Spare paddle carry method

Does anyone have suggestions on how best to carry a spare (4 piece) paddle in my Alpacka Gnarwhal?

  • I worry that lashing it to the pontoon creates an entrapment hazard.
  • There is not much room in the boat and I worry that the tube ends could be a puncture hazard.
    -Times when someone in my group has lost a paddle (usually just temporarily with the lost paddle recovered by someone downstream) getting it from the cargo fly would be a major hassle with no good place to pull off the river. Fortunately, those times have all been with IK’s who have more space for the spare.
    Any suggestions?

Definitely carried inside. My preference is to wrap the paddle in some very light foam, and use some small straps to attach to the buckles that are used to clip in your twinkies, so that the paddle sits horizontally in the large flat area behind the seat band, but won’t spin or twist and press on the tubes of the boat. Not sure there is an elegant way to carry it on your boat, unless you used a deck bag.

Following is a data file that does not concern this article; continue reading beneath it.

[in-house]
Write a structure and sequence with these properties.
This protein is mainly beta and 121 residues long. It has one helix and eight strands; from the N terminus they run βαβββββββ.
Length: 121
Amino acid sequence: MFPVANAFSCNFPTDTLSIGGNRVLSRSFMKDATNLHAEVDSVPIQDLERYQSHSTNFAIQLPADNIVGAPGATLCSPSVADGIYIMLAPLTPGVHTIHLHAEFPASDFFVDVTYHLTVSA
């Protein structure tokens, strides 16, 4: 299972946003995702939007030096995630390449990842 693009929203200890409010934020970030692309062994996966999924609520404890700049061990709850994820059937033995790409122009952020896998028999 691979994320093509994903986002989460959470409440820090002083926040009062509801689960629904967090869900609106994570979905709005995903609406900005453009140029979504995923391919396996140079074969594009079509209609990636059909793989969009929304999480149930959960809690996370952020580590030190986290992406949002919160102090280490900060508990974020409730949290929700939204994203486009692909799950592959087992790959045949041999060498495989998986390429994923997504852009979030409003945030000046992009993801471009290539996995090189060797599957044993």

I haven’t tried these, but it is a lightweight and compact extra paddle. I don’t know if it would qualify for rivers like the Grand Canyon as a spare paddle. Also in a decked boat it could be really sketchy but being able to pull your skirt with them on. But worth throwing it out there:

If you’re really worried, maybe carry them half assembled, and attached directly to the boat, half on each side on the rear towards the top of the tube, strapped through an alpacka strap plate directly with some very short voile straps. I think the entrapment hazzard would be minimized and they would be easier to get to.

You could also make a bow or stern bag (mesh, doesn’t have to be waterproof) that could hold the paddle broken down into 4 pieces) that also attaches to strap plates on front or rear. You can buy strap plates directly from alpacka.

Thanks for the suggestions. I like the hand paddle idea as a way to get to a good spot to pull out the full spare from the cargo fly. Hand paddles made for swimming are available for $10 to $20. While they are smaller than the ones made for boating they might be lighter and good enough.